Scientists have discovered more clues as to why dogs have significantly more sensitive noses than humans and how their sense of smell developed.
From the mammalian perspective, dogs and humans have nearly identical physiology. But when it comes to the olfactory system, dogs trump over humans with their powerful noses and substantially stronger sense of smell – something they're known for. Their noses are so powerful that dogs can even sense shapes and sizes of objects.
“We can use this to help understand why dogs, for example, have such a good sense of smell. They have extremely complex turbinate structures, and now we know some of the details about how those structures develop.”
A new study from researchers at the Washington University School of Medicine may shed more light on why dogs have such sensitive noses compared to man. In short, it's a stem cell that may be the key to understanding how a dog's nose work. Their findings were published in the journal Developmental Cell.
A Complex Olfactory Epithelium
Mammals possess a sheet of tissue found in the nasal cavity that helps the nose differentiate odors. Called the olfactory epithelium, this sends signals that help the brain identify different scents. The olfactory epithelium in humans has a simple structure. The latest study, however, led to the discovery of the complex and larger structure of the olfactory epithelium in dogs.
The researchers learned that this sheet of tissue stretches to the turbinate systems located in a dog's nasal cavity. The experts also found a stem cell that may have a connection to the growth of the turbinates and the development of the olfactory epithelium. They named this stem cell as FEP.
Researcher Lu M. Yang expressed in the press release that they were not aware it was possible for a tiny epithelium to expand and synchronize with the turbinates until their study. This perhaps explained how a dog's nose is able to have larger amounts of neurons that can catch and process more molecules.
The experts hope to learn more about the mechanisms of this sheet of tissue in further studies with mice. They plan to work on normal mice and genetically enhanced mice with blocked FEP. Yang is hopeful that the next phase of their study should shed more light on why dogs have a great sense of smell.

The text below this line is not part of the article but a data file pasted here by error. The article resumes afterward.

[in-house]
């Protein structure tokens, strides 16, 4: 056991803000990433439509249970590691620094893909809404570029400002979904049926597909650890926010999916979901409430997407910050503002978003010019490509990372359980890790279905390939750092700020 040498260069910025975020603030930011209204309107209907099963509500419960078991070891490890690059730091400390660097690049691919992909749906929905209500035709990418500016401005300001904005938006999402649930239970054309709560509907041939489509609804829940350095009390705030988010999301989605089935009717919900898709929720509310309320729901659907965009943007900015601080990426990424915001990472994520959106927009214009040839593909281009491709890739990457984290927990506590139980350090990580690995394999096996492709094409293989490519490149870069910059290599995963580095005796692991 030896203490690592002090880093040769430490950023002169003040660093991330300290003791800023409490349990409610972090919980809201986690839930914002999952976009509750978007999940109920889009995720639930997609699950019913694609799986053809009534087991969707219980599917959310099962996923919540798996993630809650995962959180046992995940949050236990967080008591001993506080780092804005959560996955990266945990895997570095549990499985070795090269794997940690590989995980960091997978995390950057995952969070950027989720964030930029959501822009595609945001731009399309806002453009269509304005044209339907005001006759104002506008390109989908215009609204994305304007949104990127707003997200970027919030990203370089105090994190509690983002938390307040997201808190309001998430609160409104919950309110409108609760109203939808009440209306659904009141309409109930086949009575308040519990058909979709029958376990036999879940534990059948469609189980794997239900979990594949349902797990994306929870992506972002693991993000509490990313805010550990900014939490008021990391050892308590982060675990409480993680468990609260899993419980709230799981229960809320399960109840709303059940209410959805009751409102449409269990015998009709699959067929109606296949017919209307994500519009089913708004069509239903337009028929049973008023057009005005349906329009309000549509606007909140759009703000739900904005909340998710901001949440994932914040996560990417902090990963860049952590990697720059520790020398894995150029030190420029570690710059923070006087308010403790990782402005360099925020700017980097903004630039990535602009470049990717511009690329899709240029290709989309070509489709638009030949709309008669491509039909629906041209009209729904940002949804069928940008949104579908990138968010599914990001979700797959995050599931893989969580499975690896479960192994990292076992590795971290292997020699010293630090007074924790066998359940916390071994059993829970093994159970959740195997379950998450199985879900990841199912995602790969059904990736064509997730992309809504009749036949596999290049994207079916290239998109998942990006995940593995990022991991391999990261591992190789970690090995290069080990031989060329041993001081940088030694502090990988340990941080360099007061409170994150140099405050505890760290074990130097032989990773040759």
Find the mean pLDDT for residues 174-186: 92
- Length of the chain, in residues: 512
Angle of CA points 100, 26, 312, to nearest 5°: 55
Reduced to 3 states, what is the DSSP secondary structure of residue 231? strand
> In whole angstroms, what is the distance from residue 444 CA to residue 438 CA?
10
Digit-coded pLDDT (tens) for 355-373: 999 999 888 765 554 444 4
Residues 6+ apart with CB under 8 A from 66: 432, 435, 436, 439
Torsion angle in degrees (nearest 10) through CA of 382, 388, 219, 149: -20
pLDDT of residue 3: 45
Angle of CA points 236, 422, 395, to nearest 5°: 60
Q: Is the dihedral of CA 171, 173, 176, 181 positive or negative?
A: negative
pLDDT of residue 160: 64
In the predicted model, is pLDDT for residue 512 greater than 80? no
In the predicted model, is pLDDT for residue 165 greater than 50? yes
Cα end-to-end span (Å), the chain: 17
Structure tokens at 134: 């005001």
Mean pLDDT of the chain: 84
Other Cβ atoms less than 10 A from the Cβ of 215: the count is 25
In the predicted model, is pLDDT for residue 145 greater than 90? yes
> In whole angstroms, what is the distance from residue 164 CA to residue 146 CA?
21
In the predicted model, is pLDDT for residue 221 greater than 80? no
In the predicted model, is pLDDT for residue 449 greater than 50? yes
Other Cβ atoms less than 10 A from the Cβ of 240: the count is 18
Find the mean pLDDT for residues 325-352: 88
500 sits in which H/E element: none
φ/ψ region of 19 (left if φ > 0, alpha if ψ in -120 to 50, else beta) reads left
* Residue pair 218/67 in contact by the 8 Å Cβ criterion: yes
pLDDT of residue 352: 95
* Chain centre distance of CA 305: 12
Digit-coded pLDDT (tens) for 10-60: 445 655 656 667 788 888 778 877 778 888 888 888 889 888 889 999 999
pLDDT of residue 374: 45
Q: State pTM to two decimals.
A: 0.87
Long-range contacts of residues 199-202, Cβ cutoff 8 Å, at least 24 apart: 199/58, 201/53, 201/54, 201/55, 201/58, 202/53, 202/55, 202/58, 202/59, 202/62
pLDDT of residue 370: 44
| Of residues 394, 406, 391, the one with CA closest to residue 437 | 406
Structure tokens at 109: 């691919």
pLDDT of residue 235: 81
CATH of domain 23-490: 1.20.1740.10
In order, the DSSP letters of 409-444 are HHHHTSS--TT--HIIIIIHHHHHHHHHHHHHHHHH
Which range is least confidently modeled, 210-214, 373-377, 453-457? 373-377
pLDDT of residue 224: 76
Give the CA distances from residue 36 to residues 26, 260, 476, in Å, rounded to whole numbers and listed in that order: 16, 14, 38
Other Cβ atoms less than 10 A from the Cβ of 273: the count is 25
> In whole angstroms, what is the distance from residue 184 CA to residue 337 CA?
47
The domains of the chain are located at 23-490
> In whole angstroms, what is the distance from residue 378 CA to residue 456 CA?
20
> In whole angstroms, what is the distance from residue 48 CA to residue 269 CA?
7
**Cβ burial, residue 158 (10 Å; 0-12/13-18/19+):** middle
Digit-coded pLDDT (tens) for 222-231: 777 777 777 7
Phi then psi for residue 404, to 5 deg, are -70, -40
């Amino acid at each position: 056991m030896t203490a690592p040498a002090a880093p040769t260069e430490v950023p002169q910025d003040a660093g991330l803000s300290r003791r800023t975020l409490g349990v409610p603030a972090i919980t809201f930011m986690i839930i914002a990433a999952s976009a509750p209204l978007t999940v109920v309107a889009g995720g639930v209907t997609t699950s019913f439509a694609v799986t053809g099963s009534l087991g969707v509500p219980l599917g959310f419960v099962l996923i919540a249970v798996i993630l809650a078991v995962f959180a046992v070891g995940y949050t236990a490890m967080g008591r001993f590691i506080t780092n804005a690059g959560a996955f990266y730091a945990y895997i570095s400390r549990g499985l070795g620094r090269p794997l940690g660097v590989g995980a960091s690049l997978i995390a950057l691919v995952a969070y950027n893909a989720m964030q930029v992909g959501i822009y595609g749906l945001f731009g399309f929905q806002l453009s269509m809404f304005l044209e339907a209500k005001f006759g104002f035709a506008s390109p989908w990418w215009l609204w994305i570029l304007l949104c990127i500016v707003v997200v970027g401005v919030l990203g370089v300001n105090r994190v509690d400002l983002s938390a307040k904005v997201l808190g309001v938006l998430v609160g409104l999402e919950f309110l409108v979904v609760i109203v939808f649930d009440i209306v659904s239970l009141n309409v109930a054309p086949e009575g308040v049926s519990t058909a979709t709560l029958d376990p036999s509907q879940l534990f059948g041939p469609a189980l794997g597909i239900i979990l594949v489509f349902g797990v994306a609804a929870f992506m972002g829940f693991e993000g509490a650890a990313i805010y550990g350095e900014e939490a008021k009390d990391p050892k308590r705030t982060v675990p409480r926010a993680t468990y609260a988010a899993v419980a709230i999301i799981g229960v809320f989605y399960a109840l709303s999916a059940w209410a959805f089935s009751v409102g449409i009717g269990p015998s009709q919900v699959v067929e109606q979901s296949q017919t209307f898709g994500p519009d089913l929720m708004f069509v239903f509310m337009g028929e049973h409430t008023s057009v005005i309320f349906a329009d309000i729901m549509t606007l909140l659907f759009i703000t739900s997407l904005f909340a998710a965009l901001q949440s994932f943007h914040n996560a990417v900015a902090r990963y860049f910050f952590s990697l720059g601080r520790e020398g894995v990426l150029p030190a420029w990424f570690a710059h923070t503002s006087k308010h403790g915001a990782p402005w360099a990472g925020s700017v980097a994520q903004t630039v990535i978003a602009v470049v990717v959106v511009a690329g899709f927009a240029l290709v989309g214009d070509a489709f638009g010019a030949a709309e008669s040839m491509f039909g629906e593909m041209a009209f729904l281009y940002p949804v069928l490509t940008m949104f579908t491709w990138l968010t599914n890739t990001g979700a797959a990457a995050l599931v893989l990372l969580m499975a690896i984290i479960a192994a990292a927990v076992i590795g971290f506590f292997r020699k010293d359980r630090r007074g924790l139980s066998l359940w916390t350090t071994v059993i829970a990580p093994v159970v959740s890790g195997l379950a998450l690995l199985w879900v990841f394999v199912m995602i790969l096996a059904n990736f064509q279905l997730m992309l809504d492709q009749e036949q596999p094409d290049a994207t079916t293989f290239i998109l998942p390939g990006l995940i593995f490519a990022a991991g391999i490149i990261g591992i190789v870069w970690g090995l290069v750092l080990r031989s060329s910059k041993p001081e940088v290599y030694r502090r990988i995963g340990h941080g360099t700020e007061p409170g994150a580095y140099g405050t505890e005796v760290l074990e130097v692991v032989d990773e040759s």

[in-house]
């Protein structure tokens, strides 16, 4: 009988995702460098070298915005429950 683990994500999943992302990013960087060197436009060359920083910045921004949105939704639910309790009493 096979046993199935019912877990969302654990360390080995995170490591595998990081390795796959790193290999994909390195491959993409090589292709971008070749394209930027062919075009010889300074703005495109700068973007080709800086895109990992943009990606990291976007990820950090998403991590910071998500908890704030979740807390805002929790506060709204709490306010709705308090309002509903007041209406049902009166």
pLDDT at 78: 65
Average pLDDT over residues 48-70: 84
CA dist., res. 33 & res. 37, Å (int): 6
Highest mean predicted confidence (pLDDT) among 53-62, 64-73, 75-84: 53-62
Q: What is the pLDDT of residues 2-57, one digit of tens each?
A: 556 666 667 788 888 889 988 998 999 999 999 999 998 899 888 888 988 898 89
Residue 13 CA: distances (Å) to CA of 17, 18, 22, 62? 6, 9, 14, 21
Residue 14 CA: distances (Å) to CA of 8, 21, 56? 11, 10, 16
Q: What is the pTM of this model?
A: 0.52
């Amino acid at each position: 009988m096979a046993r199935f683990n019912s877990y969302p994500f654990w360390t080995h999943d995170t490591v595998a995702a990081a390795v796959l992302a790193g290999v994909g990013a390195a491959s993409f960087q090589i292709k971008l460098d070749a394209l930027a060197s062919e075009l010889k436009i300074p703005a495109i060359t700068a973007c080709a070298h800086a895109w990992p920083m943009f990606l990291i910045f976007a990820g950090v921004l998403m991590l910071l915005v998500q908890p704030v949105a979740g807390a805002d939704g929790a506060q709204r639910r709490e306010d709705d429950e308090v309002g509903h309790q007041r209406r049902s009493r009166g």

And while we may envy our dogs their strong sense of smell, we can find comfort at least in one thing – the fact that dogs have their favorite smell, and it's their owner's smell.
Breeds with Sharpest Noses
While all dogs have great sense of smell, there's a number of dog breeds that have been tested and found to have the best sense of smell. The top three are:
Among the breeds of dogs with sharp noses, it's the Bloodhound that tops the list. According to experts, these animals have 40 times more olfactory cells than humans and the actual size of their olfactory epithelium could be the largest among other canines.
For centuries, authorities have used Bloodhounds as working scent dogs to help identify trails of scents. So powerful are their noses that experts say these dogs can follow a trail that extends up to 130 miles. Bloodhounds are the detectives of the dog world and Nick Carter is its most well-known dog detective to ever exist. With over 650 successful tracking, Nick Carter helped put 126 criminals in prison.
Beagles follow Bloodhounds when it comes to their great sense of smell. Because these dogs are built smaller and trimmer than Bloodhounds, they are a lot easier to work with. They're also tidier because Bloodhounds can be slobbery.
A Beagle's floppy ears also help with tracking scents along with their discriminating noses. When they follow a trail, these dogs flap their ears to bring the molecules of the scent closer to their nose.
3. Basset Hounds
Next to the Beagles are the Bloodhounds' cousins, the Basset Hounds. French aristocrats used Basset Hounds for hunting rabbits many centuries ago. Like the Beagles, these dogs also use their ears to work with their noses for tracking scents.
However, Basset Hounds are less determined and more stubborn about their work than Beagles. Because of their low built and stubby legs, this breed picks up more dirt on the ground so they need to have frequent baths. It is believed that Bloodhounds have 300 million smell receptors in their noses, while Beagles have 225 million. Basset Hounds, on the other hand, have 220 million.
READ NEXT: 13 Things Dogs Can Sense About You